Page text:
To wrap things up I have some closing remarks that proponents of eliminating squats don’t want to hear. This is a dirty game to create fear and confusion to drive up the market demand, like the oil barons.The tough questions that demand a verdict. I am not saying that I don’t think the RFESS or Bulgarian has merit. It has it’s place, but not in place for conventional squats. To put things in perspective, any exercise or method, must be reviewed with fine toothed comb. Some coaches are sharing their opinions, but let’s be direct and honest here. The main reason people use the RFESS is because they are either afraid to lift heavy or can’t get people to squat well. I am tired of the emails of people blaming video games or poor PE as reasons they don’t do one of the most primitive of movements. The truth is that people want to avoid comparisons, and soon bilateral vertical jumps will be dangerous or not exploiting the bilateral deficit.
When someone squats 225 for 20 reps using a FSCGRFESSFDWPN (front squat clean grip rear foot elevated split squat from a deficit with packed neck) are they producing superior athletes? Nope. The argument is that they are getting less injuries and that talent is more on the field. So by this standard they are have terminated the evolution and progression of performance. Where are the 50 year old NBA players from all this career longevity? Microfracture surgeries are up and I am not seeing less injuries in the NFL and NBA.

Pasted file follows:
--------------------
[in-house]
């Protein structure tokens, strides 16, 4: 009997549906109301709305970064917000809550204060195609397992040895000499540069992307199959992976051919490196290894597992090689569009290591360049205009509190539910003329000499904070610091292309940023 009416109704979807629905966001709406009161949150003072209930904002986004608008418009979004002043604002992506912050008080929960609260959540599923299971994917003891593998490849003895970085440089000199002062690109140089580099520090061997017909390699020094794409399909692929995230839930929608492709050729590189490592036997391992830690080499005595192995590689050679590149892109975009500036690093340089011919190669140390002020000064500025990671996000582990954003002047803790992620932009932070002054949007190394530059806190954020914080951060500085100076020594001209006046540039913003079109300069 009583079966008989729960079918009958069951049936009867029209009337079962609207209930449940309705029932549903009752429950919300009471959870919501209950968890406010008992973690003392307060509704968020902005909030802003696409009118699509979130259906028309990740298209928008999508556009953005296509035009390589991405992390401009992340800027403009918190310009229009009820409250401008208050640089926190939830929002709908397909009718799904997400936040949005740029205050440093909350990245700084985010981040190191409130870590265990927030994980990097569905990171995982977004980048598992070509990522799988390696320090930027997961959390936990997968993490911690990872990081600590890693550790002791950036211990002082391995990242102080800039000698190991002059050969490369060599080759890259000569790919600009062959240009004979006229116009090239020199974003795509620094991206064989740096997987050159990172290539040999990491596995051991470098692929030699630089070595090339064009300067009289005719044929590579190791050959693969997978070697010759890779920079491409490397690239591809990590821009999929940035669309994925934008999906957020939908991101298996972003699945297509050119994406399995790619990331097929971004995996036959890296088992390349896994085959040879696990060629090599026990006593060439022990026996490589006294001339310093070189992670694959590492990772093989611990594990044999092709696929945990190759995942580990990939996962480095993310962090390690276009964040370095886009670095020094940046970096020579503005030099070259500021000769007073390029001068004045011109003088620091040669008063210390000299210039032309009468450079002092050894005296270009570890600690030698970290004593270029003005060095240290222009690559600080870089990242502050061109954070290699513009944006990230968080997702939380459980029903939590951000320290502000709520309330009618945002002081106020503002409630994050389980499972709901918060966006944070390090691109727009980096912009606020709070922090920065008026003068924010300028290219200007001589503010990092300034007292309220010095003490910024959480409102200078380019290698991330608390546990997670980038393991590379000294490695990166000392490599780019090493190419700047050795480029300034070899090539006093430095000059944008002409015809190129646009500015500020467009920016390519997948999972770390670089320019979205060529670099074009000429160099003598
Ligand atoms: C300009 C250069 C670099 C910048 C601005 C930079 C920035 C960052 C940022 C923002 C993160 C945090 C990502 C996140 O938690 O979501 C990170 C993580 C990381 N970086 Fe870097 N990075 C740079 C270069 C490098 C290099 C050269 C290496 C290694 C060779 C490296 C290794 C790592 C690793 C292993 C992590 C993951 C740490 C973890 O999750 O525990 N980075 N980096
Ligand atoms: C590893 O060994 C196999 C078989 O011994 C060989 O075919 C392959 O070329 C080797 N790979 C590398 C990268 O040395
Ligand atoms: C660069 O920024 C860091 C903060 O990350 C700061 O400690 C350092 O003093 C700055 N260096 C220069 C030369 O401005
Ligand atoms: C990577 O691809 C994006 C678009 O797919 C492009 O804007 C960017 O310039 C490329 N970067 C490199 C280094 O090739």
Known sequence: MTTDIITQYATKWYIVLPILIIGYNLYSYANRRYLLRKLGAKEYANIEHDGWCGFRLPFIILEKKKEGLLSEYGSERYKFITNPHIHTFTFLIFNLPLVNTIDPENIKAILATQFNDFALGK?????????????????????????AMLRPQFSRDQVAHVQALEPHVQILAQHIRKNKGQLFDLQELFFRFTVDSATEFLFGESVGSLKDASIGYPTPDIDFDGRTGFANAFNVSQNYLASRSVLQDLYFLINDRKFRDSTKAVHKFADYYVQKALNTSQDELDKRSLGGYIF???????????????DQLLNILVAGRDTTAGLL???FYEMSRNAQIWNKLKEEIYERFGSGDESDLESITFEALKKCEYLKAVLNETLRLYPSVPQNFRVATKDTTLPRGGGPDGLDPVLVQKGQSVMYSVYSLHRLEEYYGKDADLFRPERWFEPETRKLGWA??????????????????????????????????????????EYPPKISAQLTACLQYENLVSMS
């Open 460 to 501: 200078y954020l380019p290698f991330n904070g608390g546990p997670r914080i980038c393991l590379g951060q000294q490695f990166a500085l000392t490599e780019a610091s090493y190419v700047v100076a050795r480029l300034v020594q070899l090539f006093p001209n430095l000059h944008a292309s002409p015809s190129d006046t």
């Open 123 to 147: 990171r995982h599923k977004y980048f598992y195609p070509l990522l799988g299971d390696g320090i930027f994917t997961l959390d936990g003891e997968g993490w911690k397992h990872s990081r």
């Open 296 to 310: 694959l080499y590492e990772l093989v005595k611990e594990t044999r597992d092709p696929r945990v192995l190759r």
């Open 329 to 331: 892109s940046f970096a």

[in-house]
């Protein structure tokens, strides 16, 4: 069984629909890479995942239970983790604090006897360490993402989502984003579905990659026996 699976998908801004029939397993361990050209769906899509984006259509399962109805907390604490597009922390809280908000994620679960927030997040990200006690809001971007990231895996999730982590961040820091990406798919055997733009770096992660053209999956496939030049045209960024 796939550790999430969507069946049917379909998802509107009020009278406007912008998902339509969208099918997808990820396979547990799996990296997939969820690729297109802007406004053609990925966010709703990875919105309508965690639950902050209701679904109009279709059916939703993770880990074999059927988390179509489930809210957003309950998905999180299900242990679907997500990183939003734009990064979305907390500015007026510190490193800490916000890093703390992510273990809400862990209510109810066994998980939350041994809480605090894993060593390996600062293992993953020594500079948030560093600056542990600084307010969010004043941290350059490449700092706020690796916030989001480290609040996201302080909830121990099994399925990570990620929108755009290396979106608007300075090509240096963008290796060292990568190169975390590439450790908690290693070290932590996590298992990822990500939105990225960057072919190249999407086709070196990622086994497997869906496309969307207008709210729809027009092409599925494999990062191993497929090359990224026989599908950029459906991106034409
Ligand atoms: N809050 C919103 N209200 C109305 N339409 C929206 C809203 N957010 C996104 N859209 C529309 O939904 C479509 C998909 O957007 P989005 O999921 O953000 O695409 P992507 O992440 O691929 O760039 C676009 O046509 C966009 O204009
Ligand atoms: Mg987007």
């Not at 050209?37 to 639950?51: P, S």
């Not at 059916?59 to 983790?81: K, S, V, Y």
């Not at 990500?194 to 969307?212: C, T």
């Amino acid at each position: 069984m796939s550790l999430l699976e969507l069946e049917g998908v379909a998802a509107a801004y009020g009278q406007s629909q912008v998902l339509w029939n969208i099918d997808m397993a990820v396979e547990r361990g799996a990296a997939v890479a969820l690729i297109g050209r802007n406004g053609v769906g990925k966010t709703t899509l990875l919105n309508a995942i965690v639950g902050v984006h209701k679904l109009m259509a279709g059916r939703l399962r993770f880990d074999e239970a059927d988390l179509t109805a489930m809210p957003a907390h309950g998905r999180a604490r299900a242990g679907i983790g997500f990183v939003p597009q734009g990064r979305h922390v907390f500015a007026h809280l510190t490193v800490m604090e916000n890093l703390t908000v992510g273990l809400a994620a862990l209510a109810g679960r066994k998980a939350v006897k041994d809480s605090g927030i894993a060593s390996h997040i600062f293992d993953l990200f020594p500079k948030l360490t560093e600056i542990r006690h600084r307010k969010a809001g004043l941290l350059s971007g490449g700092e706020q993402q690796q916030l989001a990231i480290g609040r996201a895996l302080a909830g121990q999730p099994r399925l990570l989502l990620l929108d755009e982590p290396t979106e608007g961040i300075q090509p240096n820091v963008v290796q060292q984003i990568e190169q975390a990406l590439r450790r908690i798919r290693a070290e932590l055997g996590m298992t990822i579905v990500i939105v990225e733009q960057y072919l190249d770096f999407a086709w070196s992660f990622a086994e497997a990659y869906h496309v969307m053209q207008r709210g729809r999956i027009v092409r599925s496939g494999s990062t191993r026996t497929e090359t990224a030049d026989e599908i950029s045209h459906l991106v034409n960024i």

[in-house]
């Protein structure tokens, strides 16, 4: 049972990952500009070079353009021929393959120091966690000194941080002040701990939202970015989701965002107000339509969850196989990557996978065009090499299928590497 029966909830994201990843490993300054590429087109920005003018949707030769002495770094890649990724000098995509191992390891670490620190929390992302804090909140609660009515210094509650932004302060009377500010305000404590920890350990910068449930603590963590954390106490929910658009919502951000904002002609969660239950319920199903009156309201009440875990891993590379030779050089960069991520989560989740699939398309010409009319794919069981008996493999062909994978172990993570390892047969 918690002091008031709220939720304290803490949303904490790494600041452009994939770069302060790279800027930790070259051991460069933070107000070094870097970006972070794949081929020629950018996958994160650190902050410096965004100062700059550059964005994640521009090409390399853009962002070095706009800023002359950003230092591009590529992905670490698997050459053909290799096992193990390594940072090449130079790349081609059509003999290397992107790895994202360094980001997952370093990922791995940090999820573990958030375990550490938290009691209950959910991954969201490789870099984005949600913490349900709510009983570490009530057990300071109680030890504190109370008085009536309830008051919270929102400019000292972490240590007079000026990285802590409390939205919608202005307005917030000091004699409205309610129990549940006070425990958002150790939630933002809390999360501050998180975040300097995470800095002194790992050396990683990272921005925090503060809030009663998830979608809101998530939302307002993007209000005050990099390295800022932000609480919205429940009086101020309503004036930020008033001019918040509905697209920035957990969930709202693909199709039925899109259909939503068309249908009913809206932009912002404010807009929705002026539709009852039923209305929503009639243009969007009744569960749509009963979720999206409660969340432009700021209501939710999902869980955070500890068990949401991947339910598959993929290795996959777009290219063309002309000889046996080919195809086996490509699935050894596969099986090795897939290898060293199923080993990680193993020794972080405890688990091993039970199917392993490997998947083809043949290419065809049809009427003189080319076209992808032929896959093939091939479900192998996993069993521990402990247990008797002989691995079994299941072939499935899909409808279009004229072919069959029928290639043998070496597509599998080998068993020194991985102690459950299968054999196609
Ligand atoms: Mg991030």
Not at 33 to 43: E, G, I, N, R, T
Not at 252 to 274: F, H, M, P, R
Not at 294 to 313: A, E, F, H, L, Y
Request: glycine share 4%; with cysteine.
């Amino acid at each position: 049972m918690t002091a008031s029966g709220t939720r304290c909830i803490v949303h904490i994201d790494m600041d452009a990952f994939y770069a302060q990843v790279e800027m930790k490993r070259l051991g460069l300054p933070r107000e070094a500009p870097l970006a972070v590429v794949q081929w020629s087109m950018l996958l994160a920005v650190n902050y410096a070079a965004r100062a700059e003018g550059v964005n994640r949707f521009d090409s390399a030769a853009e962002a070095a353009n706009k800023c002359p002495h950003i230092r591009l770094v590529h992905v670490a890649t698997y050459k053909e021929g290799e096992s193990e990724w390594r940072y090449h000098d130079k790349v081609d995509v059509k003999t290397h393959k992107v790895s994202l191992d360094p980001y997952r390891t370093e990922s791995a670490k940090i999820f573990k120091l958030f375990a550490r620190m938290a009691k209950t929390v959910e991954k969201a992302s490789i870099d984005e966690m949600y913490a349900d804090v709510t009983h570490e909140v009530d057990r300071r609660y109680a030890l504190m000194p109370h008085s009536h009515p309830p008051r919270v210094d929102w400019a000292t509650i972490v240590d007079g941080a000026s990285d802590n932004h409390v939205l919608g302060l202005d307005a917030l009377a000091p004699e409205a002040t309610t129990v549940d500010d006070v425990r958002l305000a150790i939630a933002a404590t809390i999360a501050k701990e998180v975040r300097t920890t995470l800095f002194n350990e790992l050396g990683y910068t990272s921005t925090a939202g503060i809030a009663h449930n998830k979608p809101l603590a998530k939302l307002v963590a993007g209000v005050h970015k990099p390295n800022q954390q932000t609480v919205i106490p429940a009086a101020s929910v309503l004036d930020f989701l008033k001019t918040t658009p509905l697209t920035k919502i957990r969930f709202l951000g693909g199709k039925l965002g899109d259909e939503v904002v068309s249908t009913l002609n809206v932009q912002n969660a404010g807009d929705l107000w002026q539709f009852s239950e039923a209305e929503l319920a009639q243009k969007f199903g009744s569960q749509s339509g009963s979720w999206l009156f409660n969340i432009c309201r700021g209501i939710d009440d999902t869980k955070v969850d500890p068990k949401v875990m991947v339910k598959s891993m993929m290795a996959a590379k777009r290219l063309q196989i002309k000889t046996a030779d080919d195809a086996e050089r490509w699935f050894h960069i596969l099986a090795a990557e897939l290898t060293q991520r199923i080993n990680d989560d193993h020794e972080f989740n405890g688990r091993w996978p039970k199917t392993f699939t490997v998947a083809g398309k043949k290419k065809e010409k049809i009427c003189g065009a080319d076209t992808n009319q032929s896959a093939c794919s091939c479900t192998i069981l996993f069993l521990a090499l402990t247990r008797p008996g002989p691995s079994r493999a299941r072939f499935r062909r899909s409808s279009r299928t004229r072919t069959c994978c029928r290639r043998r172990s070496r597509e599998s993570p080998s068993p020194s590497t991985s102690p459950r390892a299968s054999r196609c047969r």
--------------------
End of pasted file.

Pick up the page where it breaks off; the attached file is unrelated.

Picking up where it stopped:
Since they are doing higher reps do they run out of spinal credits (carbon credit analogy) because the spine flexes more for higher reps than lower reps if the depth is the same? Didn’t the pig studies show us we have only so many motions left in our spine and we must use them wisely?
Since everyone loves training like babies, shouldn’t we stop them from doing bilateral squats to start them on good habits? And if we should emulate babies who do deep squats, where are the proponents from DNS with back squats? It seems that when loading is involved the exercises become more exotic and murky because comparison is intentionally difficult. So when exercises are compared, naturally the athlete with better technique and load is likely to demonstrate better coaching. This is why many coaches attack the full olympic lifts as being dangerous or not necessary. If one can’t coach it the easiest thing is to ban it.
Since the RFESS is a half squat, but the bilateral deficit is not half the load and close to 75%, wouldn’t two sets of RFESS equate to more spinal stress in total? Absolute stress may be higher with a heavier load but what about overuse from more training reps? Also the training reps include an imbalanced loading that increases stress asymmetrically, the one variable that is scored on the FMS. It’s ok to fix asymmetry because it’s bad but adding it in with heavy load is? With the front leg being a squat, does one side of the spine get all of the dangers and the rear leg absolutely nothing? When you switch legs does it cancel out or compound the problem?